Caroline Savage, U.S. Consul General in Almaty: “When women succeed, so does the state”

Caroline Savage, U.S. Consul General in Almaty, told Manshuq about her work and career and about the U.S. Consulate General in Almaty.
Asya Akimzhanova

April 27th, 2022

I was born and raised in Wauwatosa, Wisconsin. My father was a big history buff and my mother worked as a journalist in London and South Africa in the 1970s, before I was born. It was my parents who encouraged me to take advantage of the opportunities life gave me – for example, before my last year of high school I went to Yakutsk for the entire summer as part of an exchange program. It was a wonderful experience!

I lived with a Russian family, learned Russian, and traveled around the Sakhalin Region
This trip marked a turning point in my life and make me want to become a diplomat.

After that trip, I studied diplomacy at Georgetown University. I then went to study in Russia for a year, in St. Petersburg and Moscow, which I wholeheartedly fell in love with. That year I worked as an English teacher, lived with two host families, and my interest in learning about the development of the former Soviet republics grew. I worked in several countries of the former Soviet Union – Belarus, Azerbaijan, and Russia – and in each my knowledge of the Russian language, which I had studied for years, helped me considerably. When the opportunity arose to come to Almaty, I finally got my dream job.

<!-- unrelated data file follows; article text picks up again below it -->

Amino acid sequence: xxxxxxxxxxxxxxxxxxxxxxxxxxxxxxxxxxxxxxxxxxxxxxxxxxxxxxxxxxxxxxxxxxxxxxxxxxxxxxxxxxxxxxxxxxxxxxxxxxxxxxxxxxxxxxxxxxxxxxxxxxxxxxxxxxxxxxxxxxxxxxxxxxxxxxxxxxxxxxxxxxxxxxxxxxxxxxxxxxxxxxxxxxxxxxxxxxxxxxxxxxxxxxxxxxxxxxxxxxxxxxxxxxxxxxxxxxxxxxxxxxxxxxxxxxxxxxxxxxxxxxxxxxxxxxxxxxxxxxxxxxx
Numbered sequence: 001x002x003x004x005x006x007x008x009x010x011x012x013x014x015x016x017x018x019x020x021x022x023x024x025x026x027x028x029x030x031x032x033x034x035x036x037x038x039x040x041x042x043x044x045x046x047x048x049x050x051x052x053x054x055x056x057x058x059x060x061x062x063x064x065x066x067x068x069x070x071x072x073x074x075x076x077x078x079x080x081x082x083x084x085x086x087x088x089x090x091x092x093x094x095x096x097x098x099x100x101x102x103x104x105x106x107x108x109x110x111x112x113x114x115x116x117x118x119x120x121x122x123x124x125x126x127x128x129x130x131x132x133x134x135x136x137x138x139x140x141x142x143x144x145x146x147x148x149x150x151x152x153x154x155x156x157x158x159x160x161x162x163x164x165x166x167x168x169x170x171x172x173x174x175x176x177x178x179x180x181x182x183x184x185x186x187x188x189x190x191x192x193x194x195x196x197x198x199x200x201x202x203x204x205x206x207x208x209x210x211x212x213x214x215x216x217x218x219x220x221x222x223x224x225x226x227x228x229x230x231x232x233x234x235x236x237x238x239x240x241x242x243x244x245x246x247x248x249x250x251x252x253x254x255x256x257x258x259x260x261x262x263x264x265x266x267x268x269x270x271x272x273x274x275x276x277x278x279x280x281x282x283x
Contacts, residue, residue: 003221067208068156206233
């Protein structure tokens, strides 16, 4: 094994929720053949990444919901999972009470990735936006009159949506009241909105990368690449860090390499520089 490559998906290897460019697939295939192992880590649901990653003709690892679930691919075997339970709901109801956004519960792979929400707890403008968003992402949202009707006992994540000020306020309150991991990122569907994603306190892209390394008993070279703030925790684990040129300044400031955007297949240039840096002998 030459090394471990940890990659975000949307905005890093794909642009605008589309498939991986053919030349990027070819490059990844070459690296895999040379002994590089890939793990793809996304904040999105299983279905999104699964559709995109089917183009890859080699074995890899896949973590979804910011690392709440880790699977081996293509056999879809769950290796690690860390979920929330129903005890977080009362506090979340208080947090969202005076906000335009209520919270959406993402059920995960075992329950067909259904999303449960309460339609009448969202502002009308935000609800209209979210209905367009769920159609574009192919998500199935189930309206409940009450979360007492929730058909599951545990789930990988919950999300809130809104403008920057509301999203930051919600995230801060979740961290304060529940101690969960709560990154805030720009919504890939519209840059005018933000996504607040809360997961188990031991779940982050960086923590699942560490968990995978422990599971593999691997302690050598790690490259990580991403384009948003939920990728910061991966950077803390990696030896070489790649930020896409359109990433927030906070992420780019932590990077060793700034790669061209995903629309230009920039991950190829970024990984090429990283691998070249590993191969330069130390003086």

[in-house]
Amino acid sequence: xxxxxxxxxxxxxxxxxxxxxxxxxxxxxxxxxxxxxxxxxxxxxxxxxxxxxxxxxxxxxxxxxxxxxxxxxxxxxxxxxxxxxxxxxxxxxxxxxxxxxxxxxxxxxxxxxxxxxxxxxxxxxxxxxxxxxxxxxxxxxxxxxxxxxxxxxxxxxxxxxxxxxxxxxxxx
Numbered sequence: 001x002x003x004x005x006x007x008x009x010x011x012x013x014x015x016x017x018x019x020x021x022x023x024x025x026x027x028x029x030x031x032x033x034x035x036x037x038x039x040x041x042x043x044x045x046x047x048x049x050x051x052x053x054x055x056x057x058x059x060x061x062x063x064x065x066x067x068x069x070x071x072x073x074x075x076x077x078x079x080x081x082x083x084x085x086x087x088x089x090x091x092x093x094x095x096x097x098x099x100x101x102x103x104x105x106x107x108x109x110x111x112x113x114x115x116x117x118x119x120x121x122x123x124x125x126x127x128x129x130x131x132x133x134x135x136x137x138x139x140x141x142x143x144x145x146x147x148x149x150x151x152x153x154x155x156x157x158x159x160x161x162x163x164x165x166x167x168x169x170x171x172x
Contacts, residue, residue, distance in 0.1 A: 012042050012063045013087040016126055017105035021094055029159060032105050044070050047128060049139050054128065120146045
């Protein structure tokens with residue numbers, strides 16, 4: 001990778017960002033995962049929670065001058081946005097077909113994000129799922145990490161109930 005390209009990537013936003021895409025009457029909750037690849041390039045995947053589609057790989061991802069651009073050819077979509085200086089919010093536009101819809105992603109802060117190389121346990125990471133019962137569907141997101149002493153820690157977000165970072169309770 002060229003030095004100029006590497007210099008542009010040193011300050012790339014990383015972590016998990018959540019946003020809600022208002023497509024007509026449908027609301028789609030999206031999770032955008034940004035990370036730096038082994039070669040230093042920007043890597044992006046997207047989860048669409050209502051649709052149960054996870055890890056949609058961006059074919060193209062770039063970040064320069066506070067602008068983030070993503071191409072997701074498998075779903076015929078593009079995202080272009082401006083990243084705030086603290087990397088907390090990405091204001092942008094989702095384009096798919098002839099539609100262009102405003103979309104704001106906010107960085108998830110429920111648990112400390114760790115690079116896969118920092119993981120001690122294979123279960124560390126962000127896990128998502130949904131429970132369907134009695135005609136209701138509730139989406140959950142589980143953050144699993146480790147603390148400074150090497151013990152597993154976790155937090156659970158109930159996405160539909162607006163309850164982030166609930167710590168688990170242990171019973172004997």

The U.S. Consulate General in Almaty is the only one in Central Asia. As Consul General, I oversee more than 400 employees, including about 65 Americans and 360 Kazakhstanis.

Our responsibilities and areas of operation include three key domains:

We continue to support our deep and longstanding security cooperation with Kazakhstan that we have maintained for more than 30 years.
We have various projects aimed at expanding regional connectivity across Central Asia, particularly in trade and energy. We also focus on improving the business climate to attract more domestic and foreign investment to Kazakhstan. Our programs have a focus on entrepreneurship, especially the economy and women’s empowerment.
Cooperation with civil society and the media in Almaty and beyond.
We work with the media to increase engagement in investigative journalism. The English language course for journalists is in great demand. We also pay special attention to combating misinformation, which is an acute problem today.
One of the top priorities for U.S. foreign policy is gender equality and women’s economic empowerment. Of course, this is important to me personally, as a woman diplomat. In Kazakhstan, I have been especially pleased to meet so many amazing women working in business, the artisanal sector and state-owned enterprises. According to a number of studies, women are actively involved in the development of the economy and in the country’s economic life. That is, when women succeed, so does the state.